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Delays in Rental Assistance Due to State and Local Processing Issues

Erlin Taylor - Tuesday, October 26, 2021
Delays in Rental Assistance Due to State and Local Processing Issues

Landlords and tenants who are due rental assistance are having difficulties claiming these funds due to state and local processing delays. In early August, there were more than 7.9 million households still behind on rent. Although millions of these households are eligible for rental assistance, the administrative backlog is causing significant delays in releasing the funds.

The U.S. Department of Treasury has stated that only about 11% of the total rental assistance funds approved by Congress has been disbursed to landlords and tenants. State and local bottlenecks have held up the bulk of the money. Only $5.1 billion of the first round of $25 billion passed last December has been disbursed. An additional $21 billion went out last March, and another round of $1.6 billion went out in July. 

By the end of September, state and local programs that have been slow at processing claims are at risk of losing their funds.

“One of the biggest challenges many state and local government programs continue to face in getting assistance to renters and landlords is application processing delays. According to public dashboards, hundreds of thousands of applications are in the pipeline beyond those that have already been paid,” the Treasury Department said in a press release. 

The Department of Treasury has released several guidelines to help state and local programs to accelerate the funds:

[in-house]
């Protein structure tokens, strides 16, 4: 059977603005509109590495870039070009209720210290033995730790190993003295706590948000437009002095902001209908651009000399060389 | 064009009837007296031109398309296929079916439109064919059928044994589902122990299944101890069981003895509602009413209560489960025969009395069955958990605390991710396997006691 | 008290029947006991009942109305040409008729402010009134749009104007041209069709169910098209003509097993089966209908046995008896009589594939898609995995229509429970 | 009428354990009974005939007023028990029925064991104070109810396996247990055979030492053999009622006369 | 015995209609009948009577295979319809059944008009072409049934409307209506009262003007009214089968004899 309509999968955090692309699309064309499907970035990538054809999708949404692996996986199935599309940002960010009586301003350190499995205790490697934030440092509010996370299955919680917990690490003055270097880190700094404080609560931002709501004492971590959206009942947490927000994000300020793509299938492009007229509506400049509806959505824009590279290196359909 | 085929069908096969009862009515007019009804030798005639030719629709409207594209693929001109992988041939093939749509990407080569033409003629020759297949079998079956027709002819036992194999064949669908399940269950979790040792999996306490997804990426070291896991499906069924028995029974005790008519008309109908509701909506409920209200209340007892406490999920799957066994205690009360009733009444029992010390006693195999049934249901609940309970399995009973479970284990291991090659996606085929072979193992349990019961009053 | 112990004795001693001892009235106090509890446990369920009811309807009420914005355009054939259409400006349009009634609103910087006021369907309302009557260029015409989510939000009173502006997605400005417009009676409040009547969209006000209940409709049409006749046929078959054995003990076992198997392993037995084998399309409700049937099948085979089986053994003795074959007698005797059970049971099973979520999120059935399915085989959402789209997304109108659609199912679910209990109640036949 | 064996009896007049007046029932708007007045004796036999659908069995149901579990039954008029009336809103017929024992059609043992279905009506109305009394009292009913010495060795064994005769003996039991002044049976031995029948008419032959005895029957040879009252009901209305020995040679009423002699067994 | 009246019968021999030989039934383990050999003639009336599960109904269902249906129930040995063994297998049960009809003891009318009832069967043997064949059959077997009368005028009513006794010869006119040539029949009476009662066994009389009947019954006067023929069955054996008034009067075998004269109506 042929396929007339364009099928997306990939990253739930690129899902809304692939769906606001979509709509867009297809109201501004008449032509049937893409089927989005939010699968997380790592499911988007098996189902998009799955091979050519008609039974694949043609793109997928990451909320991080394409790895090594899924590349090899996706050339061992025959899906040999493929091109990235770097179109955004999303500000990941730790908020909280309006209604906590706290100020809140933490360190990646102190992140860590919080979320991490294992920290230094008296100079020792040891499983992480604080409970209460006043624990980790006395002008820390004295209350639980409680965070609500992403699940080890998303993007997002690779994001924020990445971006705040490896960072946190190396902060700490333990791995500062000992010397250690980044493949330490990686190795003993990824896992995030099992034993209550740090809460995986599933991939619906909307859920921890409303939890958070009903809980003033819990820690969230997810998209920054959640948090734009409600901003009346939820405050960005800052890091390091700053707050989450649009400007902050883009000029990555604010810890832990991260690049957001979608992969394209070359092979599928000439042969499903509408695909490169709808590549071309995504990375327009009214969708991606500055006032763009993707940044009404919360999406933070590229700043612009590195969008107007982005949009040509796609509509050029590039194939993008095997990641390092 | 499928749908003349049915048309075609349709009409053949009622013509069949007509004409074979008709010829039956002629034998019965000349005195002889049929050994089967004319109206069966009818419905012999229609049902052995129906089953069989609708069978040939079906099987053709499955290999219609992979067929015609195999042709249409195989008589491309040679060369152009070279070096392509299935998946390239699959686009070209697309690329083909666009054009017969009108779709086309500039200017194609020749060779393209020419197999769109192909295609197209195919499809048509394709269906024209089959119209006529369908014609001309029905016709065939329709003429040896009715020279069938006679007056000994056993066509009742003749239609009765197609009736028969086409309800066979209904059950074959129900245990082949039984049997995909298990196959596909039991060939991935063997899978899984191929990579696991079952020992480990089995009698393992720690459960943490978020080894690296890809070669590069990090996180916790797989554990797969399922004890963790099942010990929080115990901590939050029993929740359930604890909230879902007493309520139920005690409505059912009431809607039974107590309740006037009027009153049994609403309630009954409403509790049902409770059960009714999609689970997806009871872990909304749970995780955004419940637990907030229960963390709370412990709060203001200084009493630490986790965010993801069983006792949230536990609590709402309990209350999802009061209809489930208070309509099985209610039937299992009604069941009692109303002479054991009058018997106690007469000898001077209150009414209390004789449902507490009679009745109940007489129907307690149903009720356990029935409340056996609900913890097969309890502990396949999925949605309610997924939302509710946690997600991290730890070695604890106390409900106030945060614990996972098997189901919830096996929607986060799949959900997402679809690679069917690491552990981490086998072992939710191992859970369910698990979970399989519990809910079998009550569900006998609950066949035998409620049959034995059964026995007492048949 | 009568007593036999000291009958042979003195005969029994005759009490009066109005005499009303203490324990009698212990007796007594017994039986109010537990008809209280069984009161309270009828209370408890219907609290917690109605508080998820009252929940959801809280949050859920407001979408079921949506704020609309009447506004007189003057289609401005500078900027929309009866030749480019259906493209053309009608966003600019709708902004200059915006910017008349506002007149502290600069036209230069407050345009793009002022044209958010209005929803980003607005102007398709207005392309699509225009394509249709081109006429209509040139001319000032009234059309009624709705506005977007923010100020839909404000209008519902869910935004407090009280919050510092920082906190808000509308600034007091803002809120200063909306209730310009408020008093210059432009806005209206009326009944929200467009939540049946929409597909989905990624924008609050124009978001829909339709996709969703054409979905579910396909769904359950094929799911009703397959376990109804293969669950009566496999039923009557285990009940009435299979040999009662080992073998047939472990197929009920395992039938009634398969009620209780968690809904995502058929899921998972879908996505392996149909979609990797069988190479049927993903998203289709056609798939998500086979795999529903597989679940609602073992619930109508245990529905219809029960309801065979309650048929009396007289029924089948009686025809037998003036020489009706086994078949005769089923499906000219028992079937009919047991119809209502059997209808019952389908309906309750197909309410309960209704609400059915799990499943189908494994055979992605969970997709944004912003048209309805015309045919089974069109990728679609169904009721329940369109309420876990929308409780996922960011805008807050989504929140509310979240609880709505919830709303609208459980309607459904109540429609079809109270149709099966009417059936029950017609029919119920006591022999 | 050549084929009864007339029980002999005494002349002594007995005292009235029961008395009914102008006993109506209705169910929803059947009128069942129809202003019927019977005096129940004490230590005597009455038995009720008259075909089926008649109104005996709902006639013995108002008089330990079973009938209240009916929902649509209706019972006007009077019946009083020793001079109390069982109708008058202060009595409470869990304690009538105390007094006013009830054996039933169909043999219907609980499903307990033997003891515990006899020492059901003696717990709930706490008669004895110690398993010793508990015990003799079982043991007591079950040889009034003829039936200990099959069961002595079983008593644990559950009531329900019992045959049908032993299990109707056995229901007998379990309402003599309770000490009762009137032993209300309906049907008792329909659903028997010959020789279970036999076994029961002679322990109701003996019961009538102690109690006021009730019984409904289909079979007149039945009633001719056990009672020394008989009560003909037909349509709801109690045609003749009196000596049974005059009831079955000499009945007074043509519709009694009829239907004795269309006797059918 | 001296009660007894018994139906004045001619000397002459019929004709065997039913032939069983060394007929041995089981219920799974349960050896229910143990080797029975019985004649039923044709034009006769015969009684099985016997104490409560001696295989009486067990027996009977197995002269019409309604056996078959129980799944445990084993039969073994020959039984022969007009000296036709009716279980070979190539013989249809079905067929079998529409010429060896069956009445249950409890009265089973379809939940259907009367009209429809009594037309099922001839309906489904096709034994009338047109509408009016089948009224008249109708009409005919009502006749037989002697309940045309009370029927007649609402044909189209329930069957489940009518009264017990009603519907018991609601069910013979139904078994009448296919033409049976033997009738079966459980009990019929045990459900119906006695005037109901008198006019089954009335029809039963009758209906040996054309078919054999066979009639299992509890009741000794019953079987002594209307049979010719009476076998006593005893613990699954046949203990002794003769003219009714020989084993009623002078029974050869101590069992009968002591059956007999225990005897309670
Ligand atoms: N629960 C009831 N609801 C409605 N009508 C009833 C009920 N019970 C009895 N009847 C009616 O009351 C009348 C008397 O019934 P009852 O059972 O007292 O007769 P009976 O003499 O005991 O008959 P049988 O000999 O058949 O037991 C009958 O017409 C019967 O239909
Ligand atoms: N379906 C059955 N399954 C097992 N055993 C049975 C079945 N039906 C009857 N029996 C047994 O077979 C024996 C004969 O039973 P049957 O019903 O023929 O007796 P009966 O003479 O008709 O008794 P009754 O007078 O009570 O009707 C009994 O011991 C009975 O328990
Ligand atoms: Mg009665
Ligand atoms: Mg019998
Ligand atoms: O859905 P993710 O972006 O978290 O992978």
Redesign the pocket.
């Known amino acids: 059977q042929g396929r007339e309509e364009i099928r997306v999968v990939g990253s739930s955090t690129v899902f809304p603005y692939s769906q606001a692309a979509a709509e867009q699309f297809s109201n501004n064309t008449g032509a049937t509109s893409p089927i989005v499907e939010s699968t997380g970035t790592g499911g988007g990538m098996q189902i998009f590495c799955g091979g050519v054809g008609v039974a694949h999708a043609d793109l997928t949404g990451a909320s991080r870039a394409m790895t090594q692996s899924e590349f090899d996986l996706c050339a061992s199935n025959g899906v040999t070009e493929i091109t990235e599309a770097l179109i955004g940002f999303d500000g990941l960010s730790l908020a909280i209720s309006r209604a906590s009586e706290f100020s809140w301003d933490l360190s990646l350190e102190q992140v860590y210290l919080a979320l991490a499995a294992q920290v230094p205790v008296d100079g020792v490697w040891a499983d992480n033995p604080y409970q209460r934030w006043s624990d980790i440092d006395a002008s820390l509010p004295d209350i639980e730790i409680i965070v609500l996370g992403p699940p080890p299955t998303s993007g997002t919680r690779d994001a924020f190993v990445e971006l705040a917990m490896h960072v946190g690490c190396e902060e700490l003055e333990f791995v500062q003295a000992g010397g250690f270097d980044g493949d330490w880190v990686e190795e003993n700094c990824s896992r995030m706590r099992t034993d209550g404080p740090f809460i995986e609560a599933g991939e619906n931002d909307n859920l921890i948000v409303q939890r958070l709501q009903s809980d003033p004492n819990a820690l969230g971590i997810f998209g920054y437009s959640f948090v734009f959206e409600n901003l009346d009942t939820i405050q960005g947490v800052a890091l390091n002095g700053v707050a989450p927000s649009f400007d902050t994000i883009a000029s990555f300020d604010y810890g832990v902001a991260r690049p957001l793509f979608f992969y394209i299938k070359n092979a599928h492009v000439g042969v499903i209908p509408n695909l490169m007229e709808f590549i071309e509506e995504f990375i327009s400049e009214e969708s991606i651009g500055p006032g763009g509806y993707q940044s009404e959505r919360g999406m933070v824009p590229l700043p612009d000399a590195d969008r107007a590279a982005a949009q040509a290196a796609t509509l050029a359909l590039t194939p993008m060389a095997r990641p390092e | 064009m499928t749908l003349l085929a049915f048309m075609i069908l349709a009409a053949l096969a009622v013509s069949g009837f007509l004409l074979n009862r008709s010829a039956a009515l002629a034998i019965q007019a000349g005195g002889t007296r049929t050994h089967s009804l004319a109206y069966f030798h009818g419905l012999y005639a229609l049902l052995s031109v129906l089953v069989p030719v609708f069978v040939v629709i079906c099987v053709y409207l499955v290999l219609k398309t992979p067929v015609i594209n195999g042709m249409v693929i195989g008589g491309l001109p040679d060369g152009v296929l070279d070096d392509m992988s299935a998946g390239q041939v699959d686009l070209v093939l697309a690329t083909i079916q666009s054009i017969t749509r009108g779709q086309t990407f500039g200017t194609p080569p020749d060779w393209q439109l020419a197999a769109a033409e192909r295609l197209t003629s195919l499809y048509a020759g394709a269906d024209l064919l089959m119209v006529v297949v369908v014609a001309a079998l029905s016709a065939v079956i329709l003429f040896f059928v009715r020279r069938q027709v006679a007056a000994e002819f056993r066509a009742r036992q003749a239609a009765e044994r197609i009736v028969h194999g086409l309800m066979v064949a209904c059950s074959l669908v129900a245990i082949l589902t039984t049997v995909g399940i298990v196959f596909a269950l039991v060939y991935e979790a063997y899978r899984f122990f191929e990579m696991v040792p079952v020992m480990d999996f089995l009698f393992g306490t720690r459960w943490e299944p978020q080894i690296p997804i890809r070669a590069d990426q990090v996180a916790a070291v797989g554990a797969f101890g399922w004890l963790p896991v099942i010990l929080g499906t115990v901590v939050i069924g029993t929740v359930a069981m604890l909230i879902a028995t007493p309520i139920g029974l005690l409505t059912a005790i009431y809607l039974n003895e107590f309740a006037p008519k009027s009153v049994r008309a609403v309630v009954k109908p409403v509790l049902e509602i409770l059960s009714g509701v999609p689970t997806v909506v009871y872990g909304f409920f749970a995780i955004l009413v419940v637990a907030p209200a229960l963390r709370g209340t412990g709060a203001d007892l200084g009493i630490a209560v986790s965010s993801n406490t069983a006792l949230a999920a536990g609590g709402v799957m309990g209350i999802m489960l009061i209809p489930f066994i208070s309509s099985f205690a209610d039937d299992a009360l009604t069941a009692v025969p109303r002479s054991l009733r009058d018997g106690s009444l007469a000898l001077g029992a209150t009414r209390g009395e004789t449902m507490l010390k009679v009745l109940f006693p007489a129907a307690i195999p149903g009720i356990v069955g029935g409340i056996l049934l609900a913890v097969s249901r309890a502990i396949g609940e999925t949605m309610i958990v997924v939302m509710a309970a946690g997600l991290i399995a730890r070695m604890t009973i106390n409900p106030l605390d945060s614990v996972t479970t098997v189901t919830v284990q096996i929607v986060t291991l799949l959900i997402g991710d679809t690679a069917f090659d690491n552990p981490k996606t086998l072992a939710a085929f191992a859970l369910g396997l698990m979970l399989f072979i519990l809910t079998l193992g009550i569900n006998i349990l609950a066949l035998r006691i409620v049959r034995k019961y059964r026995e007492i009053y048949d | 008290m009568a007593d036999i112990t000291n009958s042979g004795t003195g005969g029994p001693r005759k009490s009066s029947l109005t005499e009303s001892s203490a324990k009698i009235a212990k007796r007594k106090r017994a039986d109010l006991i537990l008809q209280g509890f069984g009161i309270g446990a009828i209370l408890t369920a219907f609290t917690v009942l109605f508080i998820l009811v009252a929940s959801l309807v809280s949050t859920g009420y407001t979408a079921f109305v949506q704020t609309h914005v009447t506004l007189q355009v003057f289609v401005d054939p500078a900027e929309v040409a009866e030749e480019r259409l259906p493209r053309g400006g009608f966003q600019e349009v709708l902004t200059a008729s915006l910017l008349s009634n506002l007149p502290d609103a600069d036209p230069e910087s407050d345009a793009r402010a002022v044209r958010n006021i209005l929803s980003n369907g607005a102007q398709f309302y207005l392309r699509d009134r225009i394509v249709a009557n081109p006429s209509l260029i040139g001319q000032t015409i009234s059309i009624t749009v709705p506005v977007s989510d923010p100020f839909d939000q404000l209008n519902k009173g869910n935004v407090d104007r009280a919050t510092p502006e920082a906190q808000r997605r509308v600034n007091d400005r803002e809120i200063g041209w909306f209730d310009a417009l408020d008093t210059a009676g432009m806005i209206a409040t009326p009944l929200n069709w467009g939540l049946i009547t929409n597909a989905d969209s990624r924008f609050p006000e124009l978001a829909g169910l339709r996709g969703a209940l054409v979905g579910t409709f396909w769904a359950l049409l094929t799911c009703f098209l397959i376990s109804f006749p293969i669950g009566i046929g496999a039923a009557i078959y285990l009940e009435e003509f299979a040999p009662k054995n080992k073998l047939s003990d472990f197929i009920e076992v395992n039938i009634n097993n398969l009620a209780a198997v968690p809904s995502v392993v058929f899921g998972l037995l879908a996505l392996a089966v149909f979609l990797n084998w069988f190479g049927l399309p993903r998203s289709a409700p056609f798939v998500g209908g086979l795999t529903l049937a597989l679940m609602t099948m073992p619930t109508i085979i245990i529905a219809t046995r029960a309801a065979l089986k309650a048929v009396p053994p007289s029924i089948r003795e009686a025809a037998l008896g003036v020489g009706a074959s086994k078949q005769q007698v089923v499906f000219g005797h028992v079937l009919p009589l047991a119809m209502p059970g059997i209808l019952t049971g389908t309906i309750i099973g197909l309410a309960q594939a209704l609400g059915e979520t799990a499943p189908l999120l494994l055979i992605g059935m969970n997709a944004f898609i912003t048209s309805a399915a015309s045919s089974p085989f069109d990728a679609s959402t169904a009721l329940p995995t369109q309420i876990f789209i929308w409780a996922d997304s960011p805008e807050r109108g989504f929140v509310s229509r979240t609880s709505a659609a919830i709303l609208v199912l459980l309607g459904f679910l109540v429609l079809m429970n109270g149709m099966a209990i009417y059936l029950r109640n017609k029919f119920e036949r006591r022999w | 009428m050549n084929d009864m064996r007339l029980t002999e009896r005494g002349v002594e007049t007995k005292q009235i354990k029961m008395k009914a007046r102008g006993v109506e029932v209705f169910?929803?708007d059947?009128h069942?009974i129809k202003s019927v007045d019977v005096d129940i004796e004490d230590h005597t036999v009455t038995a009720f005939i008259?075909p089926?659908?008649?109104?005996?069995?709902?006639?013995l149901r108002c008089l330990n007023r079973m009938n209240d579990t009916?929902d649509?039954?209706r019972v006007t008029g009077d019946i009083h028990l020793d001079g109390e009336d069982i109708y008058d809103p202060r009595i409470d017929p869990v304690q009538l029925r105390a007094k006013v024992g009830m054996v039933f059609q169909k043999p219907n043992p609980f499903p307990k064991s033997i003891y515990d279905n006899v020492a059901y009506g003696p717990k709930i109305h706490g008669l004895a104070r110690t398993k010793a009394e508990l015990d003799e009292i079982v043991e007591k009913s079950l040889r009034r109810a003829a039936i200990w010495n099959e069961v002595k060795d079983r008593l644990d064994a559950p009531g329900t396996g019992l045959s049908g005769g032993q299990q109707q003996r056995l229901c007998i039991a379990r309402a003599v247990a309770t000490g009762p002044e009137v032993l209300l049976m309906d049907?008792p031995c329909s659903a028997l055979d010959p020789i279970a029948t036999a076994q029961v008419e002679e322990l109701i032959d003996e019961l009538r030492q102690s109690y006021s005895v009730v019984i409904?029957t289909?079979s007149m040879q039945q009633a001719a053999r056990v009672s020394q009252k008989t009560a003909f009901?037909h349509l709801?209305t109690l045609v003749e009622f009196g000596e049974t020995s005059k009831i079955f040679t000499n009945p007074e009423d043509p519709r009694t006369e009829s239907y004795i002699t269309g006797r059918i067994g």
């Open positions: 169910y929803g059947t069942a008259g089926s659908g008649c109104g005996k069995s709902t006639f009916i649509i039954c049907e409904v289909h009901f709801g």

• Self-attestation can be used to document a household’s eligibility for emergency rental assistance.
  • State and local emergency rental assistance programs can rely on self-attestation alone to document eligibility when other documentation is not available.
  • State and local grantees may advance assistance to utility providers based on estimated eligible obligations.
  • State and local grantees may partner with non-profits to give advance assistance to households at risk of eviction while applications are under process.
  • Grantees can make additional rent payments to landlords who take on tenants facing major barriers to securing a lease, including tenants who were homeless in the past year or who were evicted from a previous rental property.
  • Past obligations at previous addresses may be covered.
  • The cost of obtaining a hearing or appealing an eviction order may be covered with emergency rental assistance funds as an eligible “other expense.

These guidelines are meant to expedite much-needed emergency rental funds release to landlords and tenants who need them the most. The Department of Treasury created these guidelines based on feedback from rental assistance administrators, landlords, tenant advocates, and other stakeholders. 

Although the department recognizes that it is difficult to release these funds through the proper channels and infrastructure, data from July shows that many communities have successfully spent their emergency rental assistance resources. This means that there are effective pathways to getting rental relief to those who need it.

Are you interested in learning more about local rental news and about rental property management for your investments? Read the latest news and find helpful advice on maintaining your rental investments on our site Illume Property Partners. 

Source: Rental Housing Journal